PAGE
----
Microsoft Edge wants to make the web more accessible for everyone

Microsoft Edge
(Image credit: Shutterstock / monticello)

The revolutionary power of the internet is hard to quantify but for some, accessing even the basic aspects is difficult. Blind and low-vision people often interact with the web using screen readers, tools that read the contents of a page out loud. 

Unfortunately, msot screen readers rely on alternative text (or alt text) and other behind-the-scenes information to do their job properly, and developers can sometimes overlook these significant but small details.

In order to help out, Microsoft has announced new features for its Edge browser that automatically add alt text to images that do not have it already, something the company hopes will make the web more accessible.

“When a screen reader finds an image without a label, that image can be automatically processed by machine learning (ML) algorithms to describe the image in words and capture any text it contains,” says Microsoft’s Travis Leithead. “The algorithms are not perfect, and the quality of the descriptions will vary, but for users of screen readers, having some description for an image is often better than no context at all.”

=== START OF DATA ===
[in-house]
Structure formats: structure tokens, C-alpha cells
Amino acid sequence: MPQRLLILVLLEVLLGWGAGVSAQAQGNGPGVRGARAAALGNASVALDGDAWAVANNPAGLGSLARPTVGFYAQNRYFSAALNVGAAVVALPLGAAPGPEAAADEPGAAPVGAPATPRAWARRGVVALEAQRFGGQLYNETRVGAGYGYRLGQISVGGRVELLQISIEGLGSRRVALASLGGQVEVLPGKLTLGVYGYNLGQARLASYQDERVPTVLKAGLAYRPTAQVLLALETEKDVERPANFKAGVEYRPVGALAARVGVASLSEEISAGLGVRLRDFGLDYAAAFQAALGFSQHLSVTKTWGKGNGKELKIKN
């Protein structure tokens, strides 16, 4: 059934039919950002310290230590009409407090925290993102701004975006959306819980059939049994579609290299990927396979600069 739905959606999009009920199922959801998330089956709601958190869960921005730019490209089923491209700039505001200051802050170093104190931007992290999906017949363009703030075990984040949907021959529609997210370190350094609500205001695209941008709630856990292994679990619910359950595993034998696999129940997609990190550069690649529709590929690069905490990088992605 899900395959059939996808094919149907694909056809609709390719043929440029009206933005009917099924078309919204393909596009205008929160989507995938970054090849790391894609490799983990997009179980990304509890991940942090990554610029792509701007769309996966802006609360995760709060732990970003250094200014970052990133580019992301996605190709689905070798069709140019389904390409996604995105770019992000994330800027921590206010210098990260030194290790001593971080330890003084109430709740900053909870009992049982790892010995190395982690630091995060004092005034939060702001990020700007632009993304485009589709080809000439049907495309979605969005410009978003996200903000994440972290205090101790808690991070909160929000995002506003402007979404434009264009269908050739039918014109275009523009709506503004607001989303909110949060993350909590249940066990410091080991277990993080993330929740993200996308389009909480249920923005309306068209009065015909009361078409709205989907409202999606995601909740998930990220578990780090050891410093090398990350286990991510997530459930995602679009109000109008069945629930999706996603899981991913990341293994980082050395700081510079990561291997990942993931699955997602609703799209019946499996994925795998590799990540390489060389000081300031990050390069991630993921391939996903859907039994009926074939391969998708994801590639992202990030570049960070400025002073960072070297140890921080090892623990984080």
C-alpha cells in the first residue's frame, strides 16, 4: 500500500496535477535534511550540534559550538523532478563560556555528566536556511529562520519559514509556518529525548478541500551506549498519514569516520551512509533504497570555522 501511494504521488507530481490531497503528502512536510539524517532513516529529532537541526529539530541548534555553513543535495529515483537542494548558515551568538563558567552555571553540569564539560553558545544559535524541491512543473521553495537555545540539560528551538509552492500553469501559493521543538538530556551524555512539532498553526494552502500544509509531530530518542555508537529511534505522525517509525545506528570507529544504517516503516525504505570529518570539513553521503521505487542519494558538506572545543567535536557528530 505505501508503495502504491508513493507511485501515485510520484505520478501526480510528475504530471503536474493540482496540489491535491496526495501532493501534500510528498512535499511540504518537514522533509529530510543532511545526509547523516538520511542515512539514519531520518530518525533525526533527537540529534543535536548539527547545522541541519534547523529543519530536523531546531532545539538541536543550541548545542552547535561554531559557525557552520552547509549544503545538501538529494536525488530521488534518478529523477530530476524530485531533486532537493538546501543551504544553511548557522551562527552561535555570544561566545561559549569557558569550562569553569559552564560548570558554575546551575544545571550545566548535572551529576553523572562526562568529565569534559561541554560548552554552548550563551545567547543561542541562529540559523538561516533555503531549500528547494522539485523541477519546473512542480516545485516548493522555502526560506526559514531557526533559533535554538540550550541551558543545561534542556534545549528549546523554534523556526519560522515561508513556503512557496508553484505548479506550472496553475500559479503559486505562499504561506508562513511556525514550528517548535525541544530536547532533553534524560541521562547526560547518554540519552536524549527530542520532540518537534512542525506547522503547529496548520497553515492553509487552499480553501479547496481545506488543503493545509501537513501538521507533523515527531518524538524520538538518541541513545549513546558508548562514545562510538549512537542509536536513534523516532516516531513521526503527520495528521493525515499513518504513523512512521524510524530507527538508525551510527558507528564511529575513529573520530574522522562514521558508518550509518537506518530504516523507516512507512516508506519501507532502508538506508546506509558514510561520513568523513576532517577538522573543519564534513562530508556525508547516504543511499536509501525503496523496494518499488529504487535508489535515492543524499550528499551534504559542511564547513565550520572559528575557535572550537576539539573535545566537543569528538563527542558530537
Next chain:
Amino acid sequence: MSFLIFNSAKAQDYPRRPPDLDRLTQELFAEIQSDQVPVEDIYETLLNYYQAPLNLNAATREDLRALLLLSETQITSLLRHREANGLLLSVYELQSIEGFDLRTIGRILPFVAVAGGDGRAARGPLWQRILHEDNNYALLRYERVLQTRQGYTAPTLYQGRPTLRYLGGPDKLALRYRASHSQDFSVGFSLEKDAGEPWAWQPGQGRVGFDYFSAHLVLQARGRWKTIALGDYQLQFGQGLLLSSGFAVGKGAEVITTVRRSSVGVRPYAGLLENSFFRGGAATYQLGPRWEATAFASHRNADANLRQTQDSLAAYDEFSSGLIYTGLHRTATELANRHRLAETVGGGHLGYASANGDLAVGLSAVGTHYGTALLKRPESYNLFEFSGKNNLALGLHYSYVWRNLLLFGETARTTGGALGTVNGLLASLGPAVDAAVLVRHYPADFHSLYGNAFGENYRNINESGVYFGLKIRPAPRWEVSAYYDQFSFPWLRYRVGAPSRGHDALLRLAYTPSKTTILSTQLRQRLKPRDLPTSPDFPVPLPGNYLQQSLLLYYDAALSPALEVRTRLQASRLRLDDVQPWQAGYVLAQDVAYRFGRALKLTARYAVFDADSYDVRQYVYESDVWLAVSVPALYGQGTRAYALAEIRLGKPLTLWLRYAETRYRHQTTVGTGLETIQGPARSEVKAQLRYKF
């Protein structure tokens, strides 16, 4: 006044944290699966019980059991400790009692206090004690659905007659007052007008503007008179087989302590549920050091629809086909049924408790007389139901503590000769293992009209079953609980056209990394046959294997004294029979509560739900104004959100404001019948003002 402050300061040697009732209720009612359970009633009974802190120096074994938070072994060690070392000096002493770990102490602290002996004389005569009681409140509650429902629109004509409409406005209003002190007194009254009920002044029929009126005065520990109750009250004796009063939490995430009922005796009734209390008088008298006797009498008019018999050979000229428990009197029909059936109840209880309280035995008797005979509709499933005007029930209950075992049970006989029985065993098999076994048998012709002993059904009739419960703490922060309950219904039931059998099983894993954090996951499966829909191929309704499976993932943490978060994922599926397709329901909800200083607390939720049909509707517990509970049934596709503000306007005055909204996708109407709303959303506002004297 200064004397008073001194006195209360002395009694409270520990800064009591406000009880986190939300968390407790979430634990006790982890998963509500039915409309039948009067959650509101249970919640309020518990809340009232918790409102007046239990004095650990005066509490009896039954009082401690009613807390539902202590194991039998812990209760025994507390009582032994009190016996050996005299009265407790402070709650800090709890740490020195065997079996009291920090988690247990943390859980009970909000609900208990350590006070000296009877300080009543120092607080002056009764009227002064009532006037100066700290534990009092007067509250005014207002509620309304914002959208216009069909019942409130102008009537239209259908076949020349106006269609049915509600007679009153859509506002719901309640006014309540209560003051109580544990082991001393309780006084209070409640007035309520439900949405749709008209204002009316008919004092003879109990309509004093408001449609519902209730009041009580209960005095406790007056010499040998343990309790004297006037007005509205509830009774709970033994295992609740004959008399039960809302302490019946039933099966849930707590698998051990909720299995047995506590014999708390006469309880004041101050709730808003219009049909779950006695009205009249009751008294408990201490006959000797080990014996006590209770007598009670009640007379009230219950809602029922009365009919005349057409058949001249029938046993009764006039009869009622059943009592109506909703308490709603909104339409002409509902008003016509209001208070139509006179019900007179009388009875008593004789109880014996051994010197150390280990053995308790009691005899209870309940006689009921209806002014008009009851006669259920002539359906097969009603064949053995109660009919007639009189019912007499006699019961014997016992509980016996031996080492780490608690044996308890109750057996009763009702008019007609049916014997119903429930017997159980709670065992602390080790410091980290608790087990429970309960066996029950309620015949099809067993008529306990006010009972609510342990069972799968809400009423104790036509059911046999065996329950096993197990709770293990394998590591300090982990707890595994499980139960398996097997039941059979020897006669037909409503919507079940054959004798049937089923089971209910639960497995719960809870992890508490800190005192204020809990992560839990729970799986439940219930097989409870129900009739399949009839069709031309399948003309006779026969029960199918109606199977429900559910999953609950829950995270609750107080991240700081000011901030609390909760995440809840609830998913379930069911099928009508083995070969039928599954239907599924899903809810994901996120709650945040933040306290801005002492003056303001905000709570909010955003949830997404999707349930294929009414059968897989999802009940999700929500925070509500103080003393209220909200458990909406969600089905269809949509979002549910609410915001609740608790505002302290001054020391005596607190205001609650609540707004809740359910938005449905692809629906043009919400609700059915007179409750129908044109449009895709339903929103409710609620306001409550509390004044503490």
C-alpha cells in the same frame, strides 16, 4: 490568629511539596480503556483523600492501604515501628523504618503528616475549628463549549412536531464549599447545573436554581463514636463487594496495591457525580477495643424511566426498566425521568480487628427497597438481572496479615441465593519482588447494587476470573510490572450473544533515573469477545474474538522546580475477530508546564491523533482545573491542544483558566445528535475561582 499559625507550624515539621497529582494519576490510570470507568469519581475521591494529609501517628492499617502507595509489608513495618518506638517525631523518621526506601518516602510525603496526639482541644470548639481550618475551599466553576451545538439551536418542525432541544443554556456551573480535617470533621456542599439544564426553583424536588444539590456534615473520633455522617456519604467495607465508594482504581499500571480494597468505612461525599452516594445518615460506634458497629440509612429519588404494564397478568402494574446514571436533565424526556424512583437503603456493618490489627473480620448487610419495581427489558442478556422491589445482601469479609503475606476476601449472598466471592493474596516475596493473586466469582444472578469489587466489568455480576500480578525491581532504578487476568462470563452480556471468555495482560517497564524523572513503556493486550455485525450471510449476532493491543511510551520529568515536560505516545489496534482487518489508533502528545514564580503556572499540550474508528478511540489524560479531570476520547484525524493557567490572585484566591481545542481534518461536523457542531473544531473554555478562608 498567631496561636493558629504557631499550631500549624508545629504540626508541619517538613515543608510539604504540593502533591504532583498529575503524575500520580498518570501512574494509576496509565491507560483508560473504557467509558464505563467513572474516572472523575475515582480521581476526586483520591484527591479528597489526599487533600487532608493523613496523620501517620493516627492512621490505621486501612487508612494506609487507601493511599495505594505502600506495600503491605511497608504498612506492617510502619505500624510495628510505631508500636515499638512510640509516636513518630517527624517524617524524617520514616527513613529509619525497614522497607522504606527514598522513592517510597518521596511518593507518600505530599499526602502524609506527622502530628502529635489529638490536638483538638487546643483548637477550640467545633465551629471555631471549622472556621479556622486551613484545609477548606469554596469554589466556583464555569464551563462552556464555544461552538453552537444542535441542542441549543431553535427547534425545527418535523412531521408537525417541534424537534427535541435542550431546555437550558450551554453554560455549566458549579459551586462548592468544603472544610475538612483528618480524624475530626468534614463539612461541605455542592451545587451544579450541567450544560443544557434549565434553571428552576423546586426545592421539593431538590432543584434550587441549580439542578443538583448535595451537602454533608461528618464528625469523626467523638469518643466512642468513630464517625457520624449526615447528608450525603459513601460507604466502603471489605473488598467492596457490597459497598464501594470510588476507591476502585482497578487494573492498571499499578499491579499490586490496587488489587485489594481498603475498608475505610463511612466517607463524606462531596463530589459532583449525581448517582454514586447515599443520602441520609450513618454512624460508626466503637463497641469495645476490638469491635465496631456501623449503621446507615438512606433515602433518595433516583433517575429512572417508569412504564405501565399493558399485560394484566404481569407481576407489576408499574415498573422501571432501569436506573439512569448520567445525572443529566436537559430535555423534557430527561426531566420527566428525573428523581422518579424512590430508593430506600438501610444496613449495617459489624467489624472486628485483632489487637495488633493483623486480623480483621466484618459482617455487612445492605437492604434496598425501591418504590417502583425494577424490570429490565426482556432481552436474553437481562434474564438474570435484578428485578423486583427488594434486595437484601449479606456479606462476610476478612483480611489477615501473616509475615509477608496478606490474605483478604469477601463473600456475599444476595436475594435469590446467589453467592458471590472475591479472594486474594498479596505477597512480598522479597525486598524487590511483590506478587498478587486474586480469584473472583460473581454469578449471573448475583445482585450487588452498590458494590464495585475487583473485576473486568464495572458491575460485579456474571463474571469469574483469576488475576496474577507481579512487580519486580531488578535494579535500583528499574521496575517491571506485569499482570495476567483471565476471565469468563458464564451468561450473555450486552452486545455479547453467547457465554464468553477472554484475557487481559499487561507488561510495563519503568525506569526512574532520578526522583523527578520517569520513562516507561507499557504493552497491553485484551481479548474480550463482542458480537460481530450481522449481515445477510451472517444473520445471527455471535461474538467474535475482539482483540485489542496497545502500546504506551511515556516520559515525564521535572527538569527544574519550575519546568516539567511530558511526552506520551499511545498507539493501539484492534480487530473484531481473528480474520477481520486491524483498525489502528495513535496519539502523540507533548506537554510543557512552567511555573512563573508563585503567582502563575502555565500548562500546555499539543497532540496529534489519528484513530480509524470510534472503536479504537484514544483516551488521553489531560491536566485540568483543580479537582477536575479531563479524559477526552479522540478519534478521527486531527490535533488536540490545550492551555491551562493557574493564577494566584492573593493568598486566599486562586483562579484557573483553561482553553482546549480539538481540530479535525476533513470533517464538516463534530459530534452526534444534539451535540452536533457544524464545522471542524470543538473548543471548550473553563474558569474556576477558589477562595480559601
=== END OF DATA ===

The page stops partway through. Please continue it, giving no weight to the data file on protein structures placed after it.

The update hopefully solves the problem of screen readers reading out “unlabelled graphic” whenever an image doesn’t have alt text. 

Microsoft Edge accessibility

Powering the technology is, of course, the company's Azure cloud platform. Any unlabelled image will be sent by Microsoft Edge to Azure’s computer vision systems, which then auto-generates alt text in English, Spanish, Japanese, Portuguese, or Chinese Simplified. 

Some images – like those that are smaller than 50x50 pixels, contain pornographic, gory, or sexually suggestive content, or are very large – unfortunately won’t be sent for analysis.  

Microsoft is rolling out the changes to Edge on Windows, macOS, and Linux right now and expects to add them to iOS and Android at a later date.

“This feature is still new, and we know that we are not done,” says Leithead. “We’ve already found some ways to make this feature even better, such as when images do have a label, but that label is not very helpful (e.g., a label of “image” or “picture” or similar synonym that is redundant with the obvious). Continuous image recognition and algorithm improvements will also refine the quality of the service.”

Max Slater-Robins has been writing about technology for nearly a decade at various outlets, covering the rise of the technology giants, trends in enterprise and SaaS companies, and much more besides. Originally from Suffolk, he currently lives in London and likes a good night out and walks in the countryside.